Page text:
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Eugène Gigout and Grand Choeur Dialogue

Gigout Portrait

Eugène Gigout (March 23, 1844–December 9, 1925) was a French organist and a composer, mostly of music for his own instrument.  Gigout was born in Nancy, France, on March 23, 1844.   In his youth he began his music training at the Cathédrale Notre-Dame-de-l’Annonciation de Nancy. From 1857 he studied under Camille Saint-Saëns and Clément Loret at the Ecole Niedermeyer.  After graduation he joined the faculty at Ecole Niedermeyer and held the post concurrently when he began serving as organist at the French capital’s Saint-Augustin Church in 1863, where he continued for 62 years.  He became widely known as a teacher and his output as a composer was considerable.

By the mid-1880s, Gigout was regularly producing organ and vocal works of merit, with the 6 Pieces for organ (1881), the Ave Verum (ca. 1884), and other works fattening his already sizable output, including the Grand chœur dialogué, which dates from 1881, and Marche religieuse..  In 1885 Gigout, renowned as an expert improviser, founded his own music school for organ and improvisation. This would be a fertile period for the composer, with the 10 Pieces for organ coming in 1890, a set containing some of his most popular pieces, including the imaginative Toccata in B minor, Gigout’s best-known creation, which turns up as a frequent encore at organ recitals. Also fairly often played, and to be found in the same collection, is a Scherzo in E major.

When the great composer/organist Felix Alexandre Guilmant died in 1911, Gigout was appointed to succeed him at the Paris Conservatory as professor of organ and composition. It was a coveted post, to be sure, and speaks volumes to the reputation then held by Gigout. His nephew by marriage was Léon Boëllmann, another distinguished French composer and organist. His pupils included Boëllmann, Gabriel Fauré, André Fleury, Henri Gagnon, André Marchal, André Messager, and Albert Roussel.  In his later years Gigout remained active as a composer right up to his final days. Among his late compositions of significance are the collection of organ works, 10 Pieces (1923), and his piano work Aux Escaldes (1925). Gigout died in Paris, France, on December 9, 1925.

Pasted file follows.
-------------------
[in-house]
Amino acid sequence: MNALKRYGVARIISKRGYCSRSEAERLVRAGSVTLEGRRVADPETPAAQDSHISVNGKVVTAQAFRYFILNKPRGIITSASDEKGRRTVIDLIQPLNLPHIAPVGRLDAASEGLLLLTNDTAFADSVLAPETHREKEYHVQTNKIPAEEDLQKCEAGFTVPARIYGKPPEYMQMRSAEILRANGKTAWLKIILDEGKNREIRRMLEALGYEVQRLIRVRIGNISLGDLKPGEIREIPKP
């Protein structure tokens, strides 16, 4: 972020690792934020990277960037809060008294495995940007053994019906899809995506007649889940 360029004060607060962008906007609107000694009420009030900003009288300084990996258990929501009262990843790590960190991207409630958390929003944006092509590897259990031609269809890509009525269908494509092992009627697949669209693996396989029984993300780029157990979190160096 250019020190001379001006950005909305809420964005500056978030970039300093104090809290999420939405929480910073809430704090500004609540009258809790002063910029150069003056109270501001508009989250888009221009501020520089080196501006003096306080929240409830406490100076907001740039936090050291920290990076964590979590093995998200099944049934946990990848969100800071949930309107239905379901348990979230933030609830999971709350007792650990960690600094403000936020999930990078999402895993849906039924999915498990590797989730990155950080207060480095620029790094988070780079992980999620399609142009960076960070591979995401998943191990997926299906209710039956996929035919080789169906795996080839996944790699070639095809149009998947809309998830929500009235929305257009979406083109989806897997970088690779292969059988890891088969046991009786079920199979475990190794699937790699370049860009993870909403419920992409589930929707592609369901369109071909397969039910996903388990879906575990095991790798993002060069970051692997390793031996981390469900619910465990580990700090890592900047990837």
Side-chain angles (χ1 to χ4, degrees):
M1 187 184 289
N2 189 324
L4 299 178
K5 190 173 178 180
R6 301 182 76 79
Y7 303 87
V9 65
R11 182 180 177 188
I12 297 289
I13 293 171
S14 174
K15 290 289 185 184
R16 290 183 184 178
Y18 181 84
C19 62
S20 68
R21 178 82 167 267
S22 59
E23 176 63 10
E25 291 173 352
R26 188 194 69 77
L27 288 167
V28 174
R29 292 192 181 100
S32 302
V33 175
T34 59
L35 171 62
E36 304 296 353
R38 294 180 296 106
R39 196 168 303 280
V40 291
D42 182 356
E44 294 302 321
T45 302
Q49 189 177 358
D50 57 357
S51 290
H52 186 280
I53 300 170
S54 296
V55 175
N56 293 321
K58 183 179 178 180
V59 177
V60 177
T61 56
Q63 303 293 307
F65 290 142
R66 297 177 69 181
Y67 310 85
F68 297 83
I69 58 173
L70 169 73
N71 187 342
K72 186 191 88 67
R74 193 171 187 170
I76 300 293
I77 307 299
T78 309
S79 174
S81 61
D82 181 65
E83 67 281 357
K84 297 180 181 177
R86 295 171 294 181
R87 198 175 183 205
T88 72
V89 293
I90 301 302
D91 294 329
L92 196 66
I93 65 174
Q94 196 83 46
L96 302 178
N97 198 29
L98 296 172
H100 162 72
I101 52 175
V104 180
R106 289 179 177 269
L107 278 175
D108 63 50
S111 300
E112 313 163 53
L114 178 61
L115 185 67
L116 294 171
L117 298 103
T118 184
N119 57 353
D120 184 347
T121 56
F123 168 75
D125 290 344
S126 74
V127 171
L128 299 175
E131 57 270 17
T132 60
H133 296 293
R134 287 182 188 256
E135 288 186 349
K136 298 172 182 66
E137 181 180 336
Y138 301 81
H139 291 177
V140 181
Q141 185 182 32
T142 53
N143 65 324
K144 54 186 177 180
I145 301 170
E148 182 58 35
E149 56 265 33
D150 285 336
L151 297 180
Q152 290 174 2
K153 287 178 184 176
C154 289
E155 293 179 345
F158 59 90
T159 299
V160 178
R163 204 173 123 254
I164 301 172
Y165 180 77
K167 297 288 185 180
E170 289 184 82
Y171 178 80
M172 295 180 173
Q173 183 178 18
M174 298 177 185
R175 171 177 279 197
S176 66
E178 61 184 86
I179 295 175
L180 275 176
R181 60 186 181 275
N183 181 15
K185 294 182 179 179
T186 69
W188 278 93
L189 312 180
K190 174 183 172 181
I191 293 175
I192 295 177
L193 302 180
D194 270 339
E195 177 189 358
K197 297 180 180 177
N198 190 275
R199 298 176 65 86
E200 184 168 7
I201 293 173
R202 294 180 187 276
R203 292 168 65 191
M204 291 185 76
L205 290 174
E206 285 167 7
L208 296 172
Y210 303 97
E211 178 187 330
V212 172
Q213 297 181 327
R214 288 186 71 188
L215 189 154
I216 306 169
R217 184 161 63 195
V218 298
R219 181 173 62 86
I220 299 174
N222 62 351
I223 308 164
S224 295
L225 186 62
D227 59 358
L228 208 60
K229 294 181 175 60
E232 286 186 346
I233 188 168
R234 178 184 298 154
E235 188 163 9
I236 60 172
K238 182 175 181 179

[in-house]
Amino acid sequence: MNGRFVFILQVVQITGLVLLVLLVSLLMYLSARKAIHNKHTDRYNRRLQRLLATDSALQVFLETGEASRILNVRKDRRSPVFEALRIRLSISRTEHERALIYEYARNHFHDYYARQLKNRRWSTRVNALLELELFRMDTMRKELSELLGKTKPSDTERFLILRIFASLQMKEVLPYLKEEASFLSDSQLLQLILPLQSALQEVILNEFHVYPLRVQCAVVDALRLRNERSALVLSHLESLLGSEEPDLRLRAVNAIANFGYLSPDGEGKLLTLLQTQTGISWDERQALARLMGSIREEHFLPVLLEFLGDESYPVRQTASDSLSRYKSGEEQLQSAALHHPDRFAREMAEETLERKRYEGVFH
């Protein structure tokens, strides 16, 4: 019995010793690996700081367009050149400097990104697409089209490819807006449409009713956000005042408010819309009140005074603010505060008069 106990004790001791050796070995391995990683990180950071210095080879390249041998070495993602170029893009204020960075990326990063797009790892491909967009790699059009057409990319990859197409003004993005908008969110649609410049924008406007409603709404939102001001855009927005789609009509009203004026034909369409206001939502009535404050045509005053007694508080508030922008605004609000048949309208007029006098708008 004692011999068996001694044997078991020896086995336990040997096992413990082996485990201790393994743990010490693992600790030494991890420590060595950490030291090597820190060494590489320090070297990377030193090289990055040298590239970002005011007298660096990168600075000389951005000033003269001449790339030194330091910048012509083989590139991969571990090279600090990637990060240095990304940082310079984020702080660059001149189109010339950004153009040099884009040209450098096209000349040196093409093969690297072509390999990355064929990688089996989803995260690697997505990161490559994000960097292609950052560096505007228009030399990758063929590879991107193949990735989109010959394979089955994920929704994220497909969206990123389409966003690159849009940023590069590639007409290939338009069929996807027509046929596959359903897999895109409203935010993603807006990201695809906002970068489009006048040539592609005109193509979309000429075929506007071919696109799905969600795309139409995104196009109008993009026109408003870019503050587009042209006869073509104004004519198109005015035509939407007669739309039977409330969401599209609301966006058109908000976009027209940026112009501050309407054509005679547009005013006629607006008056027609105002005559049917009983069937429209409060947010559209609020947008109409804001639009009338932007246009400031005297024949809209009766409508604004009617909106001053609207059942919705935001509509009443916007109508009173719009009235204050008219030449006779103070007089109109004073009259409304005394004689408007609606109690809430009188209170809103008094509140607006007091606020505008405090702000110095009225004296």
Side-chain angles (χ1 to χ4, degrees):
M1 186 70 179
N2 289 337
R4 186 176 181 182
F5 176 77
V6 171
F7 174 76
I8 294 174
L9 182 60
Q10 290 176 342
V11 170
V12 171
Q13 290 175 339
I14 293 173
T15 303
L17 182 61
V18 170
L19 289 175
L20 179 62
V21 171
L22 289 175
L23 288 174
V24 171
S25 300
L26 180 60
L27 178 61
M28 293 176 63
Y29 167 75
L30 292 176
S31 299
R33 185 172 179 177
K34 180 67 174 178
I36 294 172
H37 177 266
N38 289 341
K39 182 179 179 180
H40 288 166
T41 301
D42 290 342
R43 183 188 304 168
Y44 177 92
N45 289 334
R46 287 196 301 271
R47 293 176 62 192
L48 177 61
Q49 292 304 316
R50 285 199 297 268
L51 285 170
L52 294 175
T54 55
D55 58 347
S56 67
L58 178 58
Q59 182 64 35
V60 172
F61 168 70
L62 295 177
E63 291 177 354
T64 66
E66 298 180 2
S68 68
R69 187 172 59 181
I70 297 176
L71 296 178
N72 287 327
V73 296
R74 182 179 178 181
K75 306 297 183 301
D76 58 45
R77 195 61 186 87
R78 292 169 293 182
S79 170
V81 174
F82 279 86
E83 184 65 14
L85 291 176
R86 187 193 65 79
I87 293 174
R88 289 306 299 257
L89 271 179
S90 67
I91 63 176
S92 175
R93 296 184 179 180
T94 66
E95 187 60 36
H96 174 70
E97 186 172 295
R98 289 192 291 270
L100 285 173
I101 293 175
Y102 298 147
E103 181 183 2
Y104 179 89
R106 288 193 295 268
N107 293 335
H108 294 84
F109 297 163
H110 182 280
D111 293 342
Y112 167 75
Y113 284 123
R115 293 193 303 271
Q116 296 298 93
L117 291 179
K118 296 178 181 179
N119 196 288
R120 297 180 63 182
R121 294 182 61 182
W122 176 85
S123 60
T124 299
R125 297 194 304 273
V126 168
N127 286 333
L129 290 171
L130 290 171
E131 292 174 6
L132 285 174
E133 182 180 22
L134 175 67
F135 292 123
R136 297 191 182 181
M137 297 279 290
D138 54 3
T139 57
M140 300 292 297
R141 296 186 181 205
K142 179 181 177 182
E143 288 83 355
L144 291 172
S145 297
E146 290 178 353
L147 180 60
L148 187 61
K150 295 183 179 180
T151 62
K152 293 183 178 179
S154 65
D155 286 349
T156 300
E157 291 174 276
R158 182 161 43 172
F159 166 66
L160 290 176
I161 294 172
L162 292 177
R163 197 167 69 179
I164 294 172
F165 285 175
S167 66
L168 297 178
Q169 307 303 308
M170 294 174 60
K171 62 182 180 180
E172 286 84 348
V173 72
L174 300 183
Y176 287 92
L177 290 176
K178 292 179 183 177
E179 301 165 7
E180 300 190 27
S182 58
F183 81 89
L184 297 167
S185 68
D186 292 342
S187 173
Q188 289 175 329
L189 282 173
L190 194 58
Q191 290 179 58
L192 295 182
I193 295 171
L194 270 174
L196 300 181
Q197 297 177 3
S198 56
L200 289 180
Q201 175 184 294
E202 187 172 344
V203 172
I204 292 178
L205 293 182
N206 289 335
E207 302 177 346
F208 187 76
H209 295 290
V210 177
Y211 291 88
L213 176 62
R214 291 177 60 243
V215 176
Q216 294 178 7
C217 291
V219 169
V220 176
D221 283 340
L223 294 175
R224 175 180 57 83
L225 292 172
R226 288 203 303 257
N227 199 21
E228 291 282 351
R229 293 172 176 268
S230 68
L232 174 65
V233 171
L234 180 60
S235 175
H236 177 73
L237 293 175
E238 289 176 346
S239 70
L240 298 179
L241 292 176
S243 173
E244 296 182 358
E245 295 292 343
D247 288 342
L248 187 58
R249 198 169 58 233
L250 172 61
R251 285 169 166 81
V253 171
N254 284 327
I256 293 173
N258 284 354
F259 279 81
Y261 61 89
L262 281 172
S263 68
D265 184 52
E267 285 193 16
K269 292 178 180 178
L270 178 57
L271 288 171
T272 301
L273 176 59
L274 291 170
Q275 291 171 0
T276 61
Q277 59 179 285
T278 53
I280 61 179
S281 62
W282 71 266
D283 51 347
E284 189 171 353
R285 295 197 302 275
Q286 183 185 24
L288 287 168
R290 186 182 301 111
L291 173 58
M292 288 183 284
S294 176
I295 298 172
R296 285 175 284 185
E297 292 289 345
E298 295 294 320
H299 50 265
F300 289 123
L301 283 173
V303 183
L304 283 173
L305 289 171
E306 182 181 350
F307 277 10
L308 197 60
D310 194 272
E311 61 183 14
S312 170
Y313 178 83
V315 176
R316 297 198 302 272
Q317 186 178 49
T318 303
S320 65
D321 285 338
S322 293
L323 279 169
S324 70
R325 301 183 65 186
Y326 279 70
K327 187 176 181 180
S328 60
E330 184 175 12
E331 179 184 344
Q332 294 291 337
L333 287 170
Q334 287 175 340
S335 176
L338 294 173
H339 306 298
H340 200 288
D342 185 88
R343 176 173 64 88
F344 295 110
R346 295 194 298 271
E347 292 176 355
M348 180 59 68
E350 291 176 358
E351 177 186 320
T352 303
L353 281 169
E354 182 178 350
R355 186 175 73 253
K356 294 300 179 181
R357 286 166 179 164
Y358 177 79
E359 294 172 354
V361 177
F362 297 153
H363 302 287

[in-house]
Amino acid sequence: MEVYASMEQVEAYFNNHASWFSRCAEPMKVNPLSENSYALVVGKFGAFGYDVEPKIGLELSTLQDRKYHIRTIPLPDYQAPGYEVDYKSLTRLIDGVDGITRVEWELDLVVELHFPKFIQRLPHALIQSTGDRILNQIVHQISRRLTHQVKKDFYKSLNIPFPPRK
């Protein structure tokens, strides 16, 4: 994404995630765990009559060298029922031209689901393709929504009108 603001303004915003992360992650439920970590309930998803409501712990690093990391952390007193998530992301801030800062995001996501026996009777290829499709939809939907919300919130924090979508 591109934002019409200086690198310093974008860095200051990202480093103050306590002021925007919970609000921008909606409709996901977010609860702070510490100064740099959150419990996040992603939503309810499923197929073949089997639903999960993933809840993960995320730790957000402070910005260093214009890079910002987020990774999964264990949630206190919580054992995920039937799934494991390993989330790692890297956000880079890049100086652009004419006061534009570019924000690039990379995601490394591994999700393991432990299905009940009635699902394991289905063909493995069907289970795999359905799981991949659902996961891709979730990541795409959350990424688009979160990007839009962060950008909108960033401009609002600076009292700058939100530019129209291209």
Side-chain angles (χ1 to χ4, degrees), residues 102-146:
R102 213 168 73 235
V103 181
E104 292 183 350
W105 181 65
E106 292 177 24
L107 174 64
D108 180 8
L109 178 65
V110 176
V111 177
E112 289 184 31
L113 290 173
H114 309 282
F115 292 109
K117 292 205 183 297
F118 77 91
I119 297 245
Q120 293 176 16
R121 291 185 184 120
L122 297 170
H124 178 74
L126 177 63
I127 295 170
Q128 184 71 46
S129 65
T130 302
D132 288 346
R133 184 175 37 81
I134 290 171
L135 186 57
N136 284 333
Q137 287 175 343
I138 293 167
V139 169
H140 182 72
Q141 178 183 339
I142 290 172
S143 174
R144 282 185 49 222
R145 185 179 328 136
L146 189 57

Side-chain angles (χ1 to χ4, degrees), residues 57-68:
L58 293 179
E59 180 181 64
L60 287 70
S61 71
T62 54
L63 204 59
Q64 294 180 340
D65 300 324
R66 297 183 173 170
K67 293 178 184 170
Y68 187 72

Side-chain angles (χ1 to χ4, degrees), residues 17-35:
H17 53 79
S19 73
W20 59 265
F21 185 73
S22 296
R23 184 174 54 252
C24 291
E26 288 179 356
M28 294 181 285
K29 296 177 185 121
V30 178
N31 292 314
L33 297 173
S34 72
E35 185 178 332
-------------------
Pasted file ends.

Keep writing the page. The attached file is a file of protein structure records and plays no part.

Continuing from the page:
In his lifetime, Eugène Gigout was a better known virtuoso organist than composer.  Gigout wrote a large body of music for solo organ, and his reputation as a composer largely rests on it. But his output also included piano and harmonium works, as well as a sizable number of sacred choral pieces and some orchestral works.  As a composer his style embraced several elements, from the lean manner of Bach to the late-Romantic movement. There are moments, too, in his music that hearken back to the Classical period.

The following work by Eugène Gigout is contained in my collection:

Grand Choeur Dialogue (Grand Chorus in Dialogue)

—material selected, adapted, and edited from several different sources


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